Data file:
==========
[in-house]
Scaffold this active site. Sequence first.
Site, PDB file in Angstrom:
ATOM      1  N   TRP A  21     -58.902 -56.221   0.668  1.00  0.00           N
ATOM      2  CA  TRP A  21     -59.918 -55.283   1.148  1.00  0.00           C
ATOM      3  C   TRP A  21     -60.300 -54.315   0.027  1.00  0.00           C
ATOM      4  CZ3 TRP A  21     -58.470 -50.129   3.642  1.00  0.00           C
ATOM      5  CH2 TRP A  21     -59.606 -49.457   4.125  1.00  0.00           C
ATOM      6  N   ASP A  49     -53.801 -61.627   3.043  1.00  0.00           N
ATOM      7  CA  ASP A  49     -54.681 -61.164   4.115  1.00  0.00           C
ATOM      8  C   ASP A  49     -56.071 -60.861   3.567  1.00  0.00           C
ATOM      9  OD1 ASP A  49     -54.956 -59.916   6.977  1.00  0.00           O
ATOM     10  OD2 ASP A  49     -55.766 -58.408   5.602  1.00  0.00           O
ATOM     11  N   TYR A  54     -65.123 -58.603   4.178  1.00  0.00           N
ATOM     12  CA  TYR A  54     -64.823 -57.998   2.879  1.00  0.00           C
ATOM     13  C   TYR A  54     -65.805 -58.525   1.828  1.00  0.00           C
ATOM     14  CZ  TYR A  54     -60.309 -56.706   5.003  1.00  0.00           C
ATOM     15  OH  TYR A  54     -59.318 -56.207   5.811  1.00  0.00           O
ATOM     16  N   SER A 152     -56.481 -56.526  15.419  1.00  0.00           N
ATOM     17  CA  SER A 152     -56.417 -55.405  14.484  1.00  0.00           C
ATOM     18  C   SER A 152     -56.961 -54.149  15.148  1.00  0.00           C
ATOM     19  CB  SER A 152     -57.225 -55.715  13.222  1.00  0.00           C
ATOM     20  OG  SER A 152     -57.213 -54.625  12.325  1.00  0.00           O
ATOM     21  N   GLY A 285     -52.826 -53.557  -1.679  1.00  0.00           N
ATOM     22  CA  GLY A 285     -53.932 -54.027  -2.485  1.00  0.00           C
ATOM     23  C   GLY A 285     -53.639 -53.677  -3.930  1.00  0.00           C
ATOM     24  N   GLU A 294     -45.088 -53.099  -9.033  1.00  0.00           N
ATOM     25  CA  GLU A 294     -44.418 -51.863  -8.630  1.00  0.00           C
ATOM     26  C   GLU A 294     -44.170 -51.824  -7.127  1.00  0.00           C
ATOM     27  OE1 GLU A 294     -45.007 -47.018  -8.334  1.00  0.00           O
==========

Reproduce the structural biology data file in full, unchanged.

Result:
[in-house]
Scaffold this active site. Sequence first.
Site, PDB file in Angstrom:
ATOM      1  N   TRP A  21     -58.902 -56.221   0.668  1.00  0.00           N
ATOM      2  CA  TRP A  21     -59.918 -55.283   1.148  1.00  0.00           C
ATOM      3  C   TRP A  21     -60.300 -54.315   0.027  1.00  0.00           C
ATOM      4  CZ3 TRP A  21     -58.470 -50.129   3.642  1.00  0.00           C
ATOM      5  CH2 TRP A  21     -59.606 -49.457   4.125  1.00  0.00           C
ATOM      6  N   ASP A  49     -53.801 -61.627   3.043  1.00  0.00           N
ATOM      7  CA  ASP A  49     -54.681 -61.164   4.115  1.00  0.00           C
ATOM      8  C   ASP A  49     -56.071 -60.861   3.567  1.00  0.00           C
ATOM      9  OD1 ASP A  49     -54.956 -59.916   6.977  1.00  0.00           O
ATOM     10  OD2 ASP A  49     -55.766 -58.408   5.602  1.00  0.00           O
ATOM     11  N   TYR A  54     -65.123 -58.603   4.178  1.00  0.00           N
ATOM     12  CA  TYR A  54     -64.823 -57.998   2.879  1.00  0.00           C
ATOM     13  C   TYR A  54     -65.805 -58.525   1.828  1.00  0.00           C
ATOM     14  CZ  TYR A  54     -60.309 -56.706   5.003  1.00  0.00           C
ATOM     15  OH  TYR A  54     -59.318 -56.207   5.811  1.00  0.00           O
ATOM     16  N   SER A 152     -56.481 -56.526  15.419  1.00  0.00           N
ATOM     17  CA  SER A 152     -56.417 -55.405  14.484  1.00  0.00           C
ATOM     18  C   SER A 152     -56.961 -54.149  15.148  1.00  0.00           C
ATOM     19  CB  SER A 152     -57.225 -55.715  13.222  1.00  0.00           C
ATOM     20  OG  SER A 152     -57.213 -54.625  12.325  1.00  0.00           O
ATOM     21  N   GLY A 285     -52.826 -53.557  -1.679  1.00  0.00           N
ATOM     22  CA  GLY A 285     -53.932 -54.027  -2.485  1.00  0.00           C
ATOM     23  C   GLY A 285     -53.639 -53.677  -3.930  1.00  0.00           C
ATOM     24  N   GLU A 294     -45.088 -53.099  -9.033  1.00  0.00           N
ATOM     25  CA  GLU A 294     -44.418 -51.863  -8.630  1.00  0.00           C
ATOM     26  C   GLU A 294     -44.170 -51.824  -7.127  1.00  0.00           C
ATOM     27  OE1 GLU A 294     -45.007 -47.018  -8.334  1.00  0.00           O